To promote the use of advanced statistical methods within a Big Data environment - an essential requirement if correct conclusions are to be reached - it is necessary for statisticians to utilise Big Data tools when supporting or performing statistical analysis in the modern world. The objective of this course is to train statistically minded practitioners in the use of common Big Data tools, with an emphasis on the use of advanced statistical methods for analysis. The course will focus on the application of statistical methods in the processing platforms Hadoop and Spark. Assessment will be through coursework.

### M5MS20 Sequential Monte Carlo

(Dr Kantas) Nonlinear non-Gaussian state-space models are ubiquitous in statistics, econometrics, information engineering and signal processing. Particle methods, also known as Sequential Monte Carlo (SMC) methods, provide reliable numerical approximations to the associated state inference problems, also known as the non-linear filtering. The aim of the course is to provide an introduction to these algorithms and illustrate fundamental strengths and weaknesses. The course will have an emphasis in the methodology and practical aspects of the method, but will also briefly touch on the theory behind the SMC and its relevance in improving the methodology.

### M5S14 Survival Models and Actuarial Applications with Advanced Study

(Dr Ginzberg) Survival analysis, also known as reliability analysis and event history analysis, is a branch of statistical theory concerned with modelling the random times at which specific events will occur, utilising any relevant information available. Since survival data occur temporally, survival analysis data sets will typically be incomplete, with a proportion of the observations censored since the event time has not yet occurred at the time of analysis.

The discipline has a wide variety of applications, with examples including: medicine, when measuring the time until recovery/relapse of a patient following a medical intervention; engineering, measuring the time until failure of components in a machine; economics, measuring the time until failure of businesses.

This course introduces the fundamental ideas and statistical tools for performing survival analysis, which are applicable to the range of applications indicated above. Further, we consider some more tailored statistical models which are specifically appropriate to the discipline of actuarial science, in which there is interest in measuring mortality in a population for the purpose of providing life assurance and pensions.

### M5S17 Quantitative Methods in Retail Finance

(Dr Bellotti) Introduction. Topic overview: behavioural models, profitability, fraud detection.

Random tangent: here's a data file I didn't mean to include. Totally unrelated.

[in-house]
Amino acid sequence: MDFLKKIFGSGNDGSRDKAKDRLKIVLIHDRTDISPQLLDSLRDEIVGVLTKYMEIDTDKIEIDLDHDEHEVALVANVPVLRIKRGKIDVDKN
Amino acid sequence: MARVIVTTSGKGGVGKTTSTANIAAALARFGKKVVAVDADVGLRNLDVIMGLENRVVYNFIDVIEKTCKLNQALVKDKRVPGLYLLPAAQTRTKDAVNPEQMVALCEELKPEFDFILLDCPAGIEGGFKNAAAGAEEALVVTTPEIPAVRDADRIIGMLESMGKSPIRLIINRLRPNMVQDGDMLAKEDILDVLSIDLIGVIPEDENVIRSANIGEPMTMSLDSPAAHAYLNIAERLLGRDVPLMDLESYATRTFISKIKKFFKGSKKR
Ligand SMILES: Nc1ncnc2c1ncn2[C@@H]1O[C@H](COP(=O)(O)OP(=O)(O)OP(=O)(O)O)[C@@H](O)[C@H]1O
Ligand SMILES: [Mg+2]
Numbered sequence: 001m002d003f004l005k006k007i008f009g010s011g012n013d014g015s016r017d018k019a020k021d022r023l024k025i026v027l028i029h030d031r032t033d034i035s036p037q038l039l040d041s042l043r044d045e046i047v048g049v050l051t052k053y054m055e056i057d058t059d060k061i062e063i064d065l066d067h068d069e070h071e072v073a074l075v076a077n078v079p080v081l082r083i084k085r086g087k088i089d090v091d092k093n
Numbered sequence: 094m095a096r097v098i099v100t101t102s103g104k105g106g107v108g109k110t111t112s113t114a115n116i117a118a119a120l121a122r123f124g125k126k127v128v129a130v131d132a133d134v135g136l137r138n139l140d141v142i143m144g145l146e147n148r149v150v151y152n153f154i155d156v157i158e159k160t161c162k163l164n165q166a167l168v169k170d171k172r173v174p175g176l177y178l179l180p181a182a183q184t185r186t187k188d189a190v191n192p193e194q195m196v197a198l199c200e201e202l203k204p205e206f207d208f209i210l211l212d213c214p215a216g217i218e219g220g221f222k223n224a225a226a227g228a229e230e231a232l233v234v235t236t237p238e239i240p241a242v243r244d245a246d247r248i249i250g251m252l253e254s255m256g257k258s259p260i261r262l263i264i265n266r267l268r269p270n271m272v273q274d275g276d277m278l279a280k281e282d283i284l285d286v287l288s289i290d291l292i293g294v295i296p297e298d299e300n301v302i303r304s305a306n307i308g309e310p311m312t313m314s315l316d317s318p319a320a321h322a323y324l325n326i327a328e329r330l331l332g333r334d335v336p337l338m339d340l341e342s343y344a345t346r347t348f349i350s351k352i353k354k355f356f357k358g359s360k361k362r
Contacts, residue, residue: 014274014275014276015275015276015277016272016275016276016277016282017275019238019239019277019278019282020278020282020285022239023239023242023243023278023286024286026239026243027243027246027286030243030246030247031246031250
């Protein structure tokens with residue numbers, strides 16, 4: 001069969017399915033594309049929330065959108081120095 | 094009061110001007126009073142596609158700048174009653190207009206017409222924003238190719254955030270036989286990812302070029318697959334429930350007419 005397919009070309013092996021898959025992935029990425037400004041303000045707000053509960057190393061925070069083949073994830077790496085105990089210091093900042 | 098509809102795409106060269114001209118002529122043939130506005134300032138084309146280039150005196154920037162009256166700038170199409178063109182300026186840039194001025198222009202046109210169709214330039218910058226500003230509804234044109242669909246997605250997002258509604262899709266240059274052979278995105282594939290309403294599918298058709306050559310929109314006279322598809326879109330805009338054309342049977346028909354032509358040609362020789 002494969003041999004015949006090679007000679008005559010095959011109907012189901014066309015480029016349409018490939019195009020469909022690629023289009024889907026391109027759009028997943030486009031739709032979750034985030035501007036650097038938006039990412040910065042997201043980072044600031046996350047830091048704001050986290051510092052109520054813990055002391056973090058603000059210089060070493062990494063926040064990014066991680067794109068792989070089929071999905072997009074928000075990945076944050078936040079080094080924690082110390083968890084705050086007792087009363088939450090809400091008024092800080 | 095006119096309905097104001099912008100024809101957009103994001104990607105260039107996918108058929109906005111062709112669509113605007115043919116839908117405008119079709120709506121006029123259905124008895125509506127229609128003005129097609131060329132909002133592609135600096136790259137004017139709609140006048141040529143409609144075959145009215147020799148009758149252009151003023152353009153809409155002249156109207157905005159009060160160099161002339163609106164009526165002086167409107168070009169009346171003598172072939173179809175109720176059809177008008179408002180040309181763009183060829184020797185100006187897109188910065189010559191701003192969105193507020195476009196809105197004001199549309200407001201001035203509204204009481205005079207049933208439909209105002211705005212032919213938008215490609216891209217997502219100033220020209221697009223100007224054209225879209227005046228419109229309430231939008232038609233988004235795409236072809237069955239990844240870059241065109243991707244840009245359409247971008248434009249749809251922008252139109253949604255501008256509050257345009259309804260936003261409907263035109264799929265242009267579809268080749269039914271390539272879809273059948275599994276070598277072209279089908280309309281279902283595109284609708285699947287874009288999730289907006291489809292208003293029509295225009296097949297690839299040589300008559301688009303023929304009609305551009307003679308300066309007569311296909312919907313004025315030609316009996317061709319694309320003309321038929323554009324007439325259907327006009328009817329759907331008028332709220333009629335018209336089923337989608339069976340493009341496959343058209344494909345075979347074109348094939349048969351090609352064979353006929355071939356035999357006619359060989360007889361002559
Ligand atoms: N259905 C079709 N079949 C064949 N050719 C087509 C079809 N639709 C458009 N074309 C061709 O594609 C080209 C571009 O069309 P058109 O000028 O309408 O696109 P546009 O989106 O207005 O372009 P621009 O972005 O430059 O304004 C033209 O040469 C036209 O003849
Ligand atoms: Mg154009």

Survival models for credit scoring to determine time to default and include time varying information.

Roll-rate and Markov transition models to determine patterns of missed payments.

Mover-Stayer models of behaviour.

Profitability models: concepts and use of survival models.

Setting optimal credit limits.

Fraud detection.

Neural networks for fraud detection. Back-propagation and gradient descent methods.

Population drift (problem and change detection). Adaptive models.

Score cards in other application areas (case studies: physiology data, Altman Z-score).

Cost analysis of AUC and the H measure.Expected Loss, PD, EAD and LGD models (using classification tree structures).

Regulation and portfolio-level analysis. Capital requirements. One-factor Merton-type model.

Asset correlation and dynamic random effects models.

Stress testing: concepts and Monte Carlo simulation approaches

### M5S8 Time Series with Advanced Study

(Prof Walden) An introduction to the analysis of time series (series of observations, usually evolving in time) is given which gives weight to both the time domain and frequency dom ain viewpoints. Important structural features (e.g. reversibility) are discussed, and useful computational algorithms and approaches are introduced. The course is self-contained.

Discrete time stochastic processes and examples. ARMA processes. Trend removal and seasonal adjustment. General linear process. Invertibility. Directionality and reversibility in time series. Spectral representation. Aliasing. Generating functions. Estimation of mean and autocovariance sequence. The periodogram. Tapering for bias reduction. Parametric model fitting. Forecasting.

Additional material: From long-memory processes, Au toregr e ssive parametric spectrum estimation, Harmonic analysis, Mult icha nnel time series modelling and analysis.